The Unbounce ROI calculator had been around for quite some time and was quite outdated. Our growth marketer was running experiments on the Unbounce checkout flow and used the ROI calculator as one of the test variants. An exit-intent popup with the ROI Calculator was triggered when people were exiting the checkout process. From the insights of the experiment, we found that this variant was a huge success, as it increased 19% in conversion rate, meaning that there was a significant lift in signups on the platform.
With this data, there was a huge opportunity to further develop the ROI calculator to generate even more ROI for Unbounce. As the original calculator was very outdated and off-brand (it was literally 5 years old—that’s a lot in tech years), not only did we design it to be more brand-consistent, but also incorporated more of Unbounce’s value, as well as improving the overall experience. While the revamp of the tool was initiated from the checkout, it would be leveraged for many other purposes, such as sales and different parts of the funnel.
- Improving the user and brand experience of the original outdated ROI calculator and better communicating the value of Unbounce
- Pushing more people down the funnel and reducing bounce rate during checkout.
We had an initial kick-off with the growth marketer, in which the premise and objectives of the project were communicated. She provided the data that was acquired from the checkout experiment, where we had an exit-intent popup with the ROI calculator that resulted in a 19% increase in new trial starts on the Unbounce platform due to a decrease in bounce rate.
Each of us looked for inspirations of similar tools out there, as well as visual and interaction references. From our findings, we evaluated the flow and interactions, which gave us ideas on how to approach the ROI calculator tool we were building.
As we had some ideas on how we approached the tool, we brainstormed on the flow of the calculator, as well as the information we needed to acquire from users to present in the report. The old calculator was more generic so we found an opportunity to create a more personalized experience for the user. We then established the questions that we needed to ask to achieve the level of personalization we wanted and determined whether we had the data for them, as well as the scope. We decided to launch with a simplified flow as an MVP to experiment with first. We’d then evaluate whether to incorporate the more complex flow once we gather enough data from the first version.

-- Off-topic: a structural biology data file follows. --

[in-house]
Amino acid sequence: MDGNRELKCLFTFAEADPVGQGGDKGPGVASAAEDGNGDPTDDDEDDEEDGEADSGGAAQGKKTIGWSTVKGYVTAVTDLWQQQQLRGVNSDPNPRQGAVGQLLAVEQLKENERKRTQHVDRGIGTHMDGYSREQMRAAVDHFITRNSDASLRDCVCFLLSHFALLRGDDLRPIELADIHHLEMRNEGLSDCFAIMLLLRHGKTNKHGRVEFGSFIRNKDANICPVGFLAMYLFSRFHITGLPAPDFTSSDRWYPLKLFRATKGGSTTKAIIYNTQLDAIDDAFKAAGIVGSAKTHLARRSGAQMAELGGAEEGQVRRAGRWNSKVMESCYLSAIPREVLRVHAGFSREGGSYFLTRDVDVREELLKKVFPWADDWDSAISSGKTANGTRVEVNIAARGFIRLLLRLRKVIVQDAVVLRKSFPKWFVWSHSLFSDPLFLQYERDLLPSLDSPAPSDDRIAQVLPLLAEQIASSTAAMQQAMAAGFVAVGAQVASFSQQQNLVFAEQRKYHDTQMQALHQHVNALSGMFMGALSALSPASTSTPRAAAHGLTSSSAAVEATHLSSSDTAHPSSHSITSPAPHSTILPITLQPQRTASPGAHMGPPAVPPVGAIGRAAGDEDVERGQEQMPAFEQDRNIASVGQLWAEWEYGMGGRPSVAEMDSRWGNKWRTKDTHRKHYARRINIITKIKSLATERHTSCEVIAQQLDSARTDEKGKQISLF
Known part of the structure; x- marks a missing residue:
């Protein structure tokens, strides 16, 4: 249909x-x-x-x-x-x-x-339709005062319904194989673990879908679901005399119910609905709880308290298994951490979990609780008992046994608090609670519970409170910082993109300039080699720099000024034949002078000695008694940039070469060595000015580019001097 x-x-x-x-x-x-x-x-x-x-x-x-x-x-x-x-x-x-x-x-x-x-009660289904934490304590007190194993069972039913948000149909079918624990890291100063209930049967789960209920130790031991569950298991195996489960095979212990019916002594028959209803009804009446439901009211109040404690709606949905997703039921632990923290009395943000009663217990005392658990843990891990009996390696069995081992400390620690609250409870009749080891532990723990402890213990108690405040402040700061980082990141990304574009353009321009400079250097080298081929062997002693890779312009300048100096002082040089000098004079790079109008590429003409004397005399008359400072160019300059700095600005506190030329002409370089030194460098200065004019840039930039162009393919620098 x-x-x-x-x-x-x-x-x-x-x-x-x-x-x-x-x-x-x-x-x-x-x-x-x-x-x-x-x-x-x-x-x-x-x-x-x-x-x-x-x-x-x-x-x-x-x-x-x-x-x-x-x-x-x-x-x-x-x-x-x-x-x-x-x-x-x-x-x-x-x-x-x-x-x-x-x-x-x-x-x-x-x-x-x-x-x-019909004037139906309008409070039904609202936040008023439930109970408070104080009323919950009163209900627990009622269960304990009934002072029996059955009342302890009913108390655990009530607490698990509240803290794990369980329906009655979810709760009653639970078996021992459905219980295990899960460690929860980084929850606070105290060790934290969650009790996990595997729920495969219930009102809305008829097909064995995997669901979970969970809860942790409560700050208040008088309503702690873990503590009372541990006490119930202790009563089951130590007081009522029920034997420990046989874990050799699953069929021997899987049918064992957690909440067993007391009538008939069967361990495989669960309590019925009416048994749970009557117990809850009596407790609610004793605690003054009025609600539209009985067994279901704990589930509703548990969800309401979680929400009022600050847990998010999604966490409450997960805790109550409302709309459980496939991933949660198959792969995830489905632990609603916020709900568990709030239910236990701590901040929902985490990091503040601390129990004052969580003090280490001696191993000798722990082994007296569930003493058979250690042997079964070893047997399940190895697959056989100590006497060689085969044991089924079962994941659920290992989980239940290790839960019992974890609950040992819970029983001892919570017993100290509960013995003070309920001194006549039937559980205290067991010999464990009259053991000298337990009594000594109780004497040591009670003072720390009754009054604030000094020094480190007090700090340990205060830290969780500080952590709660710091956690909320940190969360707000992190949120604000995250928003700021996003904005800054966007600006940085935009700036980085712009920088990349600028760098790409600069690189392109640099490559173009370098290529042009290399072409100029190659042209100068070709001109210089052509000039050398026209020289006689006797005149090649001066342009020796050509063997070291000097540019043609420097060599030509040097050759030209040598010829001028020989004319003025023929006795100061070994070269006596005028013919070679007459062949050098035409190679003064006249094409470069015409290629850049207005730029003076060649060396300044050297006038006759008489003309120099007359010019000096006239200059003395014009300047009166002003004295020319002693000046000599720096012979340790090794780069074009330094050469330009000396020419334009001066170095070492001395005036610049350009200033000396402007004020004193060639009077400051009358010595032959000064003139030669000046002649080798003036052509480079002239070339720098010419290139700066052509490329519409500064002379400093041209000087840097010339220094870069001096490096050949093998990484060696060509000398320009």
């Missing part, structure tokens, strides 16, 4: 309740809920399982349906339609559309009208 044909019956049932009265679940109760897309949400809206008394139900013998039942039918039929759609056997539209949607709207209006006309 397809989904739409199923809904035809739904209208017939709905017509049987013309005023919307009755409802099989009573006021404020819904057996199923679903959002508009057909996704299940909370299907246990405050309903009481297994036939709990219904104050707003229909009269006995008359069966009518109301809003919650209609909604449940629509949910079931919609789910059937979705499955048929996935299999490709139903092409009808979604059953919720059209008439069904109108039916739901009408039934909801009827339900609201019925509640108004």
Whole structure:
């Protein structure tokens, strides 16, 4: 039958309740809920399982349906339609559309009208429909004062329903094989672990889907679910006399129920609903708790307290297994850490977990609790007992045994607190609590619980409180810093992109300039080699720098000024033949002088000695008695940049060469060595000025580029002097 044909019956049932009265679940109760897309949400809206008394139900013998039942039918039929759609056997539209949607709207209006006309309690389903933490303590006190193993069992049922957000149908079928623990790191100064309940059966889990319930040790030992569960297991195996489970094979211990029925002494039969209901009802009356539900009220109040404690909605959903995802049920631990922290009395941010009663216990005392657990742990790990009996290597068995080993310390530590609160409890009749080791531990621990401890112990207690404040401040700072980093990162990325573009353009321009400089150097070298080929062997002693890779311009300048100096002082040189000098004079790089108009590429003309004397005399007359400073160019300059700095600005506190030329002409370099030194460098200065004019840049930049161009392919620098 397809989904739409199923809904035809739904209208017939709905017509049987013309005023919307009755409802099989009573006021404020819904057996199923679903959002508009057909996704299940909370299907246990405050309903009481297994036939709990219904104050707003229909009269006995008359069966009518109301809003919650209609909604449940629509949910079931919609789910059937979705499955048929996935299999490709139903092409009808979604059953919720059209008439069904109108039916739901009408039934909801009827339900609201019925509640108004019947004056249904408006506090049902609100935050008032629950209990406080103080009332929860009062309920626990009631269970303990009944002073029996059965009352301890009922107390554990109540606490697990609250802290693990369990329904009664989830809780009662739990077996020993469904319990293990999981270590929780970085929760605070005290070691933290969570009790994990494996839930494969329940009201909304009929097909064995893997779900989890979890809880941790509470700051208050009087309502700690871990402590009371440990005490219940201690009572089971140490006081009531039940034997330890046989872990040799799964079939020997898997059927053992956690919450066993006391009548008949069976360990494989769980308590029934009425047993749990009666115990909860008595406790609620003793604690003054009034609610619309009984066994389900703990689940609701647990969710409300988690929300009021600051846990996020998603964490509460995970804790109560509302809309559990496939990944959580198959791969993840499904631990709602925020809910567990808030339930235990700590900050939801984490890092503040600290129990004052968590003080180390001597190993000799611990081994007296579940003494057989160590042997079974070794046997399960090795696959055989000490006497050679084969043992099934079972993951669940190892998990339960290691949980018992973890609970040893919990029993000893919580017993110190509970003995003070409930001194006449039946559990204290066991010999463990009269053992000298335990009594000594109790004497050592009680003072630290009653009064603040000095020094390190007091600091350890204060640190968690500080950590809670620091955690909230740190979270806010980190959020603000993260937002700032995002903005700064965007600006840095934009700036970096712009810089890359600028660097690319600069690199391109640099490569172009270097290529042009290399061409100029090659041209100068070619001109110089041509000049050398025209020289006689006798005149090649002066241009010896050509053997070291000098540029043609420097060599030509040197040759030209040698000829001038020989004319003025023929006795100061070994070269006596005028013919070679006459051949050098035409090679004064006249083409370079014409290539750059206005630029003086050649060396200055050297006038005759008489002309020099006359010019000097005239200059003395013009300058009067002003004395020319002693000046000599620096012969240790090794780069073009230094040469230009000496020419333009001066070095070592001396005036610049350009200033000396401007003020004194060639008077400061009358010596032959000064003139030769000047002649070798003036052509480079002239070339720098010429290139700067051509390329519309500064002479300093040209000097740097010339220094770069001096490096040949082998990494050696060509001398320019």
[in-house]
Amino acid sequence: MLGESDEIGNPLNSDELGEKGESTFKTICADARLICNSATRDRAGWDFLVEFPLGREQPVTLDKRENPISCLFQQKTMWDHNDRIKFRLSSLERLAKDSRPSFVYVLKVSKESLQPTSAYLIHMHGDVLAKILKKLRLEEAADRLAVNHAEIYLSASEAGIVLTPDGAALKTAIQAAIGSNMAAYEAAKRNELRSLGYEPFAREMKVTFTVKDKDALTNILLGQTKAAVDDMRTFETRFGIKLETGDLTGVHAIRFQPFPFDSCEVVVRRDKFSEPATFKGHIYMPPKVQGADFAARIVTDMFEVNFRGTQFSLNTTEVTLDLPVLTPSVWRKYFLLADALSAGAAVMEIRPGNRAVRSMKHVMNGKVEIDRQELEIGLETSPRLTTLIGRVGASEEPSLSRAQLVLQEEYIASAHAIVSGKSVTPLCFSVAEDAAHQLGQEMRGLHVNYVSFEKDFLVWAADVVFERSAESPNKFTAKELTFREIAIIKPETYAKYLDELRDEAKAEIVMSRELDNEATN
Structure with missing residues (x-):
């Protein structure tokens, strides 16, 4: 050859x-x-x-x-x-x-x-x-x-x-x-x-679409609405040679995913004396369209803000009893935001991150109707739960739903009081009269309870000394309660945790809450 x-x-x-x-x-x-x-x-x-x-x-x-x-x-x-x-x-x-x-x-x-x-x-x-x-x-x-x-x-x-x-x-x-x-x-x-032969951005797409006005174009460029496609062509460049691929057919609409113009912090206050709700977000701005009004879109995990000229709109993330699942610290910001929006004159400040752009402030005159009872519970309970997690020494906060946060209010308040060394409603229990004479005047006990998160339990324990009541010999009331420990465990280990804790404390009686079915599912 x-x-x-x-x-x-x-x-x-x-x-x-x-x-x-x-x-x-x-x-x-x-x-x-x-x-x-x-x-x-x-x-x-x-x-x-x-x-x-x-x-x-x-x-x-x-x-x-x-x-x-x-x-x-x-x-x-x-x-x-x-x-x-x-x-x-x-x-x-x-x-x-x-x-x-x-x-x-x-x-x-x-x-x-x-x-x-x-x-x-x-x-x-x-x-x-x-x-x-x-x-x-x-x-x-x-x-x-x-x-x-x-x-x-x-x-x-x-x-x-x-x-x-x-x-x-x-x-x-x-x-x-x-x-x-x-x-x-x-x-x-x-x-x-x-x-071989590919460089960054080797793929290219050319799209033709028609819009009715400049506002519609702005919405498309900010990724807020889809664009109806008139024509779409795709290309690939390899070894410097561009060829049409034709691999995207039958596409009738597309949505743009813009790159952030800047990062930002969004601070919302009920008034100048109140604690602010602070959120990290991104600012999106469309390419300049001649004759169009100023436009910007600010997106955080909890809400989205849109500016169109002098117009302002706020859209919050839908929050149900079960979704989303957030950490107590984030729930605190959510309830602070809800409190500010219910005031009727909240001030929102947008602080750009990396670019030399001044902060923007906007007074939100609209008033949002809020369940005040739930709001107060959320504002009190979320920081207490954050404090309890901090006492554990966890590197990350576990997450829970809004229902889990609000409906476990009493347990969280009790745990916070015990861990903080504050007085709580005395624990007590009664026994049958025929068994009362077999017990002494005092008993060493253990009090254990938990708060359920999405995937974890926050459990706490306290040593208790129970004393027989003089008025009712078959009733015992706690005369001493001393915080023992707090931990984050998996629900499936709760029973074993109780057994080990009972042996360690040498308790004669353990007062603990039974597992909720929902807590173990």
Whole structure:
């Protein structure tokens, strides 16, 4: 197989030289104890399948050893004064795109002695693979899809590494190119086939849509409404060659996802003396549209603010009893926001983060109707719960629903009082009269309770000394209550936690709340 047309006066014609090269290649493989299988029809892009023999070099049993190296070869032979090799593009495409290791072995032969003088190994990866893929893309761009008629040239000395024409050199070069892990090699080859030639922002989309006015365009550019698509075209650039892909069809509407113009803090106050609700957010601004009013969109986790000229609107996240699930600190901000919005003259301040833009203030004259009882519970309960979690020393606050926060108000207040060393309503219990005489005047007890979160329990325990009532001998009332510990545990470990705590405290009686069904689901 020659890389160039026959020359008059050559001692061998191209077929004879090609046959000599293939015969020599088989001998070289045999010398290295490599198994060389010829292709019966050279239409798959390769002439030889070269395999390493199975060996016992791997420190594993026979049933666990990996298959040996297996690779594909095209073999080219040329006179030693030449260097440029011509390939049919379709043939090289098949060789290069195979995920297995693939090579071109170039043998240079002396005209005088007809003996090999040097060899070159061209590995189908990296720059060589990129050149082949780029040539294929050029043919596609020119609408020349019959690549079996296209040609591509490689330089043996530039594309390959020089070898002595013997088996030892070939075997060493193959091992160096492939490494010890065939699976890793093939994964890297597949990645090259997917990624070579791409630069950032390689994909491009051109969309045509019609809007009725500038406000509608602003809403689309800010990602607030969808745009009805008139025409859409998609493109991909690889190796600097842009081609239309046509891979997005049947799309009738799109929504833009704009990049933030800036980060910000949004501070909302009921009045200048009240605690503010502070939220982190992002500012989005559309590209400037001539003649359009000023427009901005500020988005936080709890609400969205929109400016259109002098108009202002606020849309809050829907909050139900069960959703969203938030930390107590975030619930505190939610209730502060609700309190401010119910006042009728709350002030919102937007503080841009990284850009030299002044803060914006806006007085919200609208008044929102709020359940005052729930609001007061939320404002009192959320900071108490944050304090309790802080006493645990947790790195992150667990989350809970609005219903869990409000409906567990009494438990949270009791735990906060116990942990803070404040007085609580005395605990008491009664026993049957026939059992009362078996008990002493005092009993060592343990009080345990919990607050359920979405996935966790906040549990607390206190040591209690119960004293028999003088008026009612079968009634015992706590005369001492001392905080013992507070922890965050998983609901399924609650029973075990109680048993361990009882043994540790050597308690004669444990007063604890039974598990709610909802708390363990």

Sketching & Wireframing
With the decision of launching an MVP version, the growth marketer and I sketched out the screens together using Miro. We wanted to create a more guided experience compared to the old calculator, as we felt the research references with that worked well, so we sketched it out as a multi-step format by splitting each question into its own screen. Once we were happy with the outcome, I designed the high-fidelity wireframes.
We received some design feedback for the initial wireframes, in which we iterated. When the wireframes were ready, I created an Invision prototype with them to prepare for usability testing.
We used the wireframes as a prototype to test the flow and usability of the tool. We defined the goals of what we wanted to learn from the user research, and created a session guide, along with a notetaking template. I contacted people from our user research participant list that fitted within our target audience and scheduled usability test sessions with the ones that were interested. From there, the team rotated our roles in the sessions as either a moderator or notetaker.
After we completed all of the sessions, we identified patterns in the participants’ responses and documented a findings summary from the insights. As a team, we reviewed the findings and discussed the next steps of what we needed to change to solve the usability issues we discovered.
With a clear direction of what to change, I turned the wireframes into mockups by incorporating UI components and visual design into them, while making changes to solve the usability issues we discovered from the qualitative data we gathered. As I was making changes to the design, the copywriter refined the copy. Once the copy was completed, I updated the copy on the design file to finalize the mockups and imported them into Zeplin to prep for development transition. On Zeplin, I added developer notes on the areas that would have interactions and animations. We then met with the growth marketer to discuss the hand-off of the final design.
Don’t be afraid to initiate collaboration.
When there’s a chance to help impact the business through your expertise, don’t hesitate to reach out and initiate support, as long as time and availability allow it. This project was a great opportunity for me to not only work more closely with and learn from our Growth Marketer, who works as an individual contributor and usually runs experiments without the help of others on the team, but also grow professionally by working on a more UX design-related project, which is what I’m more passionate about. It was refreshing to collaborate with someone I didn’t usually work with and was able to inspire each other through our processes and knowledge. While I introduced the UX design process, I learned from the Growth Marketer’s process of building more scrappy experiments. In the end, I really enjoyed the dynamic of working with her, along with the established process and its outcome.